API tokens were not designed to identify anonymous users.
JWT tokens technically can be used for that, but its
typically stores the user id (client_id in OAuth terms).
Cookie based sessions were designed to identify both anonymous users and users with an identity (ie. logged in users).
API vs. BFF Authentication
Returning to the machine vs. browser and BFF vs. API division, the followings are the key differences regarding Authentication:
Machine to machine involves a user with an identity and there's no browser. As a verdict, APIs should use either a JWT or a static API token.
Browser to machine can be both a user with an identity or an anonymous user and there's a browser. As a verdict, BFFs are best to use cookie based sessions for that purpose as it's safe enough and works out of the box.
Laravel's Sanctum (subsystem for SPA authentication) just does the very same thing: https://laravel.com/docs/8.x/sanctum#how-it-works-spa-authentication
Sometimes we try to fix things that aren't broken. Cookies are not bad. Since you've been reading this article, millions of cookies have been created, used and expired.
It doesn't mean they're perfect or that you can't have problems with your app's authentication, but the problem you have, may be completely unrelated to cookies and sessions.
A third difference between APIs and BFFs is their structure.
REST APIs are built around resources which can be imagined as tables and records in a relational database. It's a bit vague, but what actually happens is the mapping of tables and records to HTTP endpoints and HTTP verbs as CRUD operations.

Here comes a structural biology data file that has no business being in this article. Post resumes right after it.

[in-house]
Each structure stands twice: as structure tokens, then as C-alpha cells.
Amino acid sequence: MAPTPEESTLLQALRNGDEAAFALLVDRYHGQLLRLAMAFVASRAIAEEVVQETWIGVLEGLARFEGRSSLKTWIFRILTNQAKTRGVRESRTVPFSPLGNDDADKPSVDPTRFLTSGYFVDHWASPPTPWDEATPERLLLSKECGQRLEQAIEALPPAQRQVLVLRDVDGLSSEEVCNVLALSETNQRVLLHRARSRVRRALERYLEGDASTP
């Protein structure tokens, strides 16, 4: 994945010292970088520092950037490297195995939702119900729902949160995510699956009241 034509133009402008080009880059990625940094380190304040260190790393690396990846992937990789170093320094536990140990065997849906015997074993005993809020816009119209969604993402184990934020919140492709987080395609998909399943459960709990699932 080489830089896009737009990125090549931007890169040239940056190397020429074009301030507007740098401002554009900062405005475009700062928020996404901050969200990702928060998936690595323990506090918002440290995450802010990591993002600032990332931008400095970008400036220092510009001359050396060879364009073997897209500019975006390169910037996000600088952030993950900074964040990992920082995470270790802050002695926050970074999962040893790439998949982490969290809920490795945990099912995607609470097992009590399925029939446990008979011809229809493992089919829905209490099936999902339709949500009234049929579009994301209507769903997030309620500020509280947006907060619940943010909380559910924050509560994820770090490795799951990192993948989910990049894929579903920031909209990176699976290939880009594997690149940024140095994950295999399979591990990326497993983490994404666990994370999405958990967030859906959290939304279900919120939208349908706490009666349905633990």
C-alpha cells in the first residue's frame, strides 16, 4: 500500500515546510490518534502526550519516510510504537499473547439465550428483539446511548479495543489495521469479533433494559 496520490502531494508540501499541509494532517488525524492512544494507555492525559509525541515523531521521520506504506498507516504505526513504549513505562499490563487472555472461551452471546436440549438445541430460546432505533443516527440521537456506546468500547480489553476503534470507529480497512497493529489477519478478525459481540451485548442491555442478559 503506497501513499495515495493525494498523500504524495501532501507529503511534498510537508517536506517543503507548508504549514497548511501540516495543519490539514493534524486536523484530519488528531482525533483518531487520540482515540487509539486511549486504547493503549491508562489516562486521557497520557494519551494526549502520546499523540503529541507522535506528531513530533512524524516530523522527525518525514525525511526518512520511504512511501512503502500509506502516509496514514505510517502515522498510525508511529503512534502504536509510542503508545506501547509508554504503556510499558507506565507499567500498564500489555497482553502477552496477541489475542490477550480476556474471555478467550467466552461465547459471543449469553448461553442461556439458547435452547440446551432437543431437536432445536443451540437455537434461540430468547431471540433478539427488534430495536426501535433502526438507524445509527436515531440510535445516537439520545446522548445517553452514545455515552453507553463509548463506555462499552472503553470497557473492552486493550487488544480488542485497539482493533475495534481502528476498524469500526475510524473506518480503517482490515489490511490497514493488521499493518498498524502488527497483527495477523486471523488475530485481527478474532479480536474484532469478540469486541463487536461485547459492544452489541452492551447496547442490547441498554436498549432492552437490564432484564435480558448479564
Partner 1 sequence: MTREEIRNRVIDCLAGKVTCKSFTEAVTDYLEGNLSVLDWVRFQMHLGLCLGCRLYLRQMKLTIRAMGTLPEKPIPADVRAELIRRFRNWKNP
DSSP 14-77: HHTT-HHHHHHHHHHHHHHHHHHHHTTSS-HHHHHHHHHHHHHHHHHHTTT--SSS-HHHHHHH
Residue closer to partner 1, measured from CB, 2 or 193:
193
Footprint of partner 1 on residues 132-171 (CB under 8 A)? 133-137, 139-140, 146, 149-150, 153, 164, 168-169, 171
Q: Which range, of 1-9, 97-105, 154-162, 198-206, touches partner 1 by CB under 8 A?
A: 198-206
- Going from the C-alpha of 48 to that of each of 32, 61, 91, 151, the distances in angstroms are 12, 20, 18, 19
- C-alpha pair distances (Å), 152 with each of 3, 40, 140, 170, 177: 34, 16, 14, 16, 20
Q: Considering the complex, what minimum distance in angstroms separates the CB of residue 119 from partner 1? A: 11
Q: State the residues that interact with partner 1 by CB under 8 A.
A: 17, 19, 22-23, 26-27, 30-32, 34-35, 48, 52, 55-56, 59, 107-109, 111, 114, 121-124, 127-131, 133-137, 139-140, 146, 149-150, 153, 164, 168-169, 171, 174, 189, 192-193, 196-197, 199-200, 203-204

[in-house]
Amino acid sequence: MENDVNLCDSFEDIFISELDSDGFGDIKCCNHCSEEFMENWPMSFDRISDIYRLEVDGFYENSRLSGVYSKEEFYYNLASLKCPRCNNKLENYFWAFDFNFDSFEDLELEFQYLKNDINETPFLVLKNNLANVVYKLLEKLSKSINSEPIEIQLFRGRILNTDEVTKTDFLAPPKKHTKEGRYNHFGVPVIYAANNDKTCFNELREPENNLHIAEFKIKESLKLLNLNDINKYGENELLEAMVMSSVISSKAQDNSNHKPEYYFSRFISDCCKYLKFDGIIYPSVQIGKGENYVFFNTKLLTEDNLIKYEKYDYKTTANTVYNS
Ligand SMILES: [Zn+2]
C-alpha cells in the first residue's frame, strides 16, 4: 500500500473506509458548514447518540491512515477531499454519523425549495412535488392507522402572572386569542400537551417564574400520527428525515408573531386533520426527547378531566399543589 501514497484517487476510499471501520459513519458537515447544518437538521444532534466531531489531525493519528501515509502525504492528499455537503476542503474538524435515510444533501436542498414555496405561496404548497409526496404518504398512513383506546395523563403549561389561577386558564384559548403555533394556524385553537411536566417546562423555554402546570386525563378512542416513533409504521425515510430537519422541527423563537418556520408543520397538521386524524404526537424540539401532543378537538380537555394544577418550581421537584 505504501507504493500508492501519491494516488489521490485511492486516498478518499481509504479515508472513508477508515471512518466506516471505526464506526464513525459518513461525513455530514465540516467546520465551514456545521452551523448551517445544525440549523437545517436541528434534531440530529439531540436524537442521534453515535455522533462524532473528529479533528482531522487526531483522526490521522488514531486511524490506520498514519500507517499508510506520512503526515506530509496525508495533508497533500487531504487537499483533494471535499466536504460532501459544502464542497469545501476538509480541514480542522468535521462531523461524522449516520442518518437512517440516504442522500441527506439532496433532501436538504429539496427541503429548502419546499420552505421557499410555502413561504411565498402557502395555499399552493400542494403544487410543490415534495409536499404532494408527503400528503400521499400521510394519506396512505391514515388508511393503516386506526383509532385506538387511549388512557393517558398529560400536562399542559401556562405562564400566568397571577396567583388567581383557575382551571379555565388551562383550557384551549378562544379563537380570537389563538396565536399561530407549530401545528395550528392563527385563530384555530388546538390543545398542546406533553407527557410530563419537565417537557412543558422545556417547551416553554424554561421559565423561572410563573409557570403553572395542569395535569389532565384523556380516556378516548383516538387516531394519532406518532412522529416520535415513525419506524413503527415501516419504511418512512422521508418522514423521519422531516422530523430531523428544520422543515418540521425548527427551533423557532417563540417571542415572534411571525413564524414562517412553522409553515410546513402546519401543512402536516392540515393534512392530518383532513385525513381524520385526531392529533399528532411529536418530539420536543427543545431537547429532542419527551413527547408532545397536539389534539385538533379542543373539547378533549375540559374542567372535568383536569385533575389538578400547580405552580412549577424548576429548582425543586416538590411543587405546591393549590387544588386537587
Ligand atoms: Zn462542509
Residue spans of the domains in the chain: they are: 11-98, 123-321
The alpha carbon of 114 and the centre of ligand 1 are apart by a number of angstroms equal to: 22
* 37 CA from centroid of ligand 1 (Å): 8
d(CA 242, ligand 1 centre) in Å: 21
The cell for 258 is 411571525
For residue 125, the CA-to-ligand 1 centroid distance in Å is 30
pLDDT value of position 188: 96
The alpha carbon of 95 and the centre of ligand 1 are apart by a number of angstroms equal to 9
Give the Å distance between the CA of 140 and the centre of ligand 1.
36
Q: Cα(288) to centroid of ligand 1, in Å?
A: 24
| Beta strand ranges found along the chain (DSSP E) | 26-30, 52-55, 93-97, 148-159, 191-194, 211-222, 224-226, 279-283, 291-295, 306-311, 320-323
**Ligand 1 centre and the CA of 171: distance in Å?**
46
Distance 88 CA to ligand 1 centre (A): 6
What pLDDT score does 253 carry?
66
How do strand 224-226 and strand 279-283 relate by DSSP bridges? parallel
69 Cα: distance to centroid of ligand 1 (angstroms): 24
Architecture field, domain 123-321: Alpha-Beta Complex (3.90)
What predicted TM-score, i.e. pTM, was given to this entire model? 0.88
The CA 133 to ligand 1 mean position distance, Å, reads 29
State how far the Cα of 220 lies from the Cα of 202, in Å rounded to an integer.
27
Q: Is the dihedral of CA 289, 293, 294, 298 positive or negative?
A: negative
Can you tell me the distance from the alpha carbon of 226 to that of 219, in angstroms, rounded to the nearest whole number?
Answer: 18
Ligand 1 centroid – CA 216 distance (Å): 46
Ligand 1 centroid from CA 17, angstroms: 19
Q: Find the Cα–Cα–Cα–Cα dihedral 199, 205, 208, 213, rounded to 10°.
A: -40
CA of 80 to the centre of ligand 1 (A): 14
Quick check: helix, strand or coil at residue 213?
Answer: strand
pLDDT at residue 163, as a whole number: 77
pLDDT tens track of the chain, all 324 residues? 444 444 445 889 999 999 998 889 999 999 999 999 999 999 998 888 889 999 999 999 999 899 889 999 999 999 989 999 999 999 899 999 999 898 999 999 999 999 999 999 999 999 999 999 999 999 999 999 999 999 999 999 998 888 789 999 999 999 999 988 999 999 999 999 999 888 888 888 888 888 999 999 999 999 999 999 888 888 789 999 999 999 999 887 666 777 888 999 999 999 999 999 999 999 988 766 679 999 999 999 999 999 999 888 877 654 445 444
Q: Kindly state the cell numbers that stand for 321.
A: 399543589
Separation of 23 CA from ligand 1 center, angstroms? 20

REST APIs are very versatile but are not perfect for complex querying and telling the backend to omit or include parts of the response. GraphQL can solve the latter two problems which makes it a good candidate to act as backend for frontends.
There can be however still some endpoints that are particularly necessary for the UI to work and make no sense for an API. Such endpoints could be auth endpoints like login, logout, password reminder, or the typical "me" endpoint which returns the user data of the current user.
A machine user will typically not have "a cart" which is a singleton in the browser. The currently identified user in the browser will want to have a single cart, whereas a "machine user" can create as many carts or orders as many it wants and operate on them.
An API user can have access to all the carts in the system whereas the plain user coming from a browser only to his/her own ones.
All these differences require you to structure the two backend endpoints differently and end up having an API and a BFF.
APIs (both RESTful and GraphQL style ones) are resource oriented and BFFs are goal oriented. It's perfectly fine to add utility endpoints to BFFs which would be weird to see in APIs.
Couldn't We Just Have One API?
Yes we could. Such as we could have a backend rendering the HTML and no fancy react 💩. Similarly, we can keep CSS next to HTML.
I'm not arguing for atomic fragmentation, or for a micro<XYZ> approach.
What I'm arguing for is:
- Segment your application along well defined use cases.
- Don't mix machine targeted APIs and JSON speaking backends targeted for UI rendering.
- Don't ditch sessions and cookies when in a browser context.
It will keep things simple and straightforward.